Electronic Design

More Engineering Graduates, More Customers—More Business

Distributors of electronic components are ramping up their service offerings in Asia to meet growing customer demand. Demographics is driving much of the process, as the number of customers—design engineers—in the region continues to outpace customer growth in many other areas of the world.

This has been a driving force behind electronics distributor element14’s effort to boost business in Asia, according to Nader Tadros, marketing and e-commerce director, Asia Pacific, for element14. Tadros points to the vast number of engineers entering the workforce in China and India, in particular, as a key reason element14 is “bullish on the market.”

According to the National Science Foundation, based in Arlington, Va., many countries in Asia are indeed churning out higher numbers of science and engineering graduates these days. The group’s National Center for Science & Engineering Statistics’ report Science & Engineering Indicators: 2010 found that students in China earned about 21% of the more than 4 million undergraduate degrees awarded in science and engineering in 2006. That compares to 19% of students in the European Union and 11% of students in the United States. Some of the study’s other findings were:

  • The number of science and engineering undergraduate degrees awarded in China, Poland, and Taiwan more than doubled between 1998 and 2006, and those in the United States and many other countries generally increased. Those awarded in Japan decreased in recent years.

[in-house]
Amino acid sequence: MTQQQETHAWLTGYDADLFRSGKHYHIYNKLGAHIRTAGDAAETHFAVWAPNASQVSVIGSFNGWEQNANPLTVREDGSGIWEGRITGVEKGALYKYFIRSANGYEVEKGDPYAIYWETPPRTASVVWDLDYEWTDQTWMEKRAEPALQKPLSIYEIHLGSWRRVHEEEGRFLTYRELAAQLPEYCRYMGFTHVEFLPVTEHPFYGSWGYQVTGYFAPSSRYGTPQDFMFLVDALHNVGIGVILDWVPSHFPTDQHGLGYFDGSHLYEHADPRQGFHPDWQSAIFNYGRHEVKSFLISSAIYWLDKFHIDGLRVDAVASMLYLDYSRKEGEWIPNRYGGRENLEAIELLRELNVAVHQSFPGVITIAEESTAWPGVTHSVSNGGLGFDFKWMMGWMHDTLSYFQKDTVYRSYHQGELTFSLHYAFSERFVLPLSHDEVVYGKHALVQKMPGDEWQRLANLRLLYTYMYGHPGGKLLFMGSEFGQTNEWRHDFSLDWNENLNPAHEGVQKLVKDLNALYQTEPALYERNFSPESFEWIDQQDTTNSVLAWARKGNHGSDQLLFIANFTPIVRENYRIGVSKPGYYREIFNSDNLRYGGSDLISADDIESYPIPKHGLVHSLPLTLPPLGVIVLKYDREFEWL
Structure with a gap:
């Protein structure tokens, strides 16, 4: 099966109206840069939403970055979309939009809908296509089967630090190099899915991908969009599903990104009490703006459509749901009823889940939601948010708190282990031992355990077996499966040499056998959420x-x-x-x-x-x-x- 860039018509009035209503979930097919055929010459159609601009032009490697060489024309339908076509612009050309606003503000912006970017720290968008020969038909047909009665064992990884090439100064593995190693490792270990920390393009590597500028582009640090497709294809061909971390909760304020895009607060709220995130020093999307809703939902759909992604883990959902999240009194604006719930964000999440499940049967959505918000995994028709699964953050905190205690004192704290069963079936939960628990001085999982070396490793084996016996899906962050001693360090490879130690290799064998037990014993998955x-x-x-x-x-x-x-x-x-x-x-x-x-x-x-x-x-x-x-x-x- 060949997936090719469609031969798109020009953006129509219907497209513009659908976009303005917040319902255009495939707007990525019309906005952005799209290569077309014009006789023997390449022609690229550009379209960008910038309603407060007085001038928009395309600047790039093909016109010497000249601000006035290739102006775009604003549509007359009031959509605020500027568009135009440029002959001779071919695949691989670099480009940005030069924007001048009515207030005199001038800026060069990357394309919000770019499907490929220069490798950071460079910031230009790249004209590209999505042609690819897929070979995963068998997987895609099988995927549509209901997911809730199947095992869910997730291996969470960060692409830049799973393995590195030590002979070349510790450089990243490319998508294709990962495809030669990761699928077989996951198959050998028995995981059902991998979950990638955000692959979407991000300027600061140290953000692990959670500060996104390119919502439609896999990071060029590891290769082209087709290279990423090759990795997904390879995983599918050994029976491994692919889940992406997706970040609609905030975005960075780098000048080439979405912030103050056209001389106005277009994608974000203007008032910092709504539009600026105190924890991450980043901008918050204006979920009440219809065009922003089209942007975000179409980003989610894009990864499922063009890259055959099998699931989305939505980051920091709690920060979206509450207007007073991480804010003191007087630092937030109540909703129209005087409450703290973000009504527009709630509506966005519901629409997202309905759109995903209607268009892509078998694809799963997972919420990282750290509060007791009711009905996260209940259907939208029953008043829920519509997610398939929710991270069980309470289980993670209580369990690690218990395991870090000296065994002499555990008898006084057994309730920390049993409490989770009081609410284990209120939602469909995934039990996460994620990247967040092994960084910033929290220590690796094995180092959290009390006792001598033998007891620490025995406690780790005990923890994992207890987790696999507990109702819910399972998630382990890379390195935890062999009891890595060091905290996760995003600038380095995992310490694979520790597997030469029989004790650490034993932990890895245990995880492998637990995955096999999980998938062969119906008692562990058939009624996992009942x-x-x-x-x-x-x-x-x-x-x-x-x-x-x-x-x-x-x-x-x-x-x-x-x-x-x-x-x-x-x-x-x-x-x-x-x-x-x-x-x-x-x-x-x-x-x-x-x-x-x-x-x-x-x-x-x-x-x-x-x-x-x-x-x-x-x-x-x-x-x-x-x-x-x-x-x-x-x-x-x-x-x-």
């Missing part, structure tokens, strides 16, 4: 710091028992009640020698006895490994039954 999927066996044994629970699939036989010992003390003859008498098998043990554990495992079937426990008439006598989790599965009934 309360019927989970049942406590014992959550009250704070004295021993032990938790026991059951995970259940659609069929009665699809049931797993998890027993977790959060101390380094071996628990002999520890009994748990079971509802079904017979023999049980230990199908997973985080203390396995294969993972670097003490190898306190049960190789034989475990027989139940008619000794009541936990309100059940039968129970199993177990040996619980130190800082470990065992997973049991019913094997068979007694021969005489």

• In China, the number of undergraduate degrees awarded in natural sciences and engineering has risen particularly sharply since 2002. In comparison, those awarded in Germany, Japan, the United Kingdom, and the United States have remained relatively flat.
  • In the United States, science and engineering degrees are about one-third of bachelor's degrees and have been for a long time. By comparison, more than half of undergraduate degrees were awarded in science and engineering fields in Japan (63%), China (53%), and Singapore (51%).
  • In the United States, about 5% of all bachelor's degrees are in engineering. In Asia about 20% are in engineering, and in China, in particular, about one-third are in engineering (although the percentage has declined in recent years).
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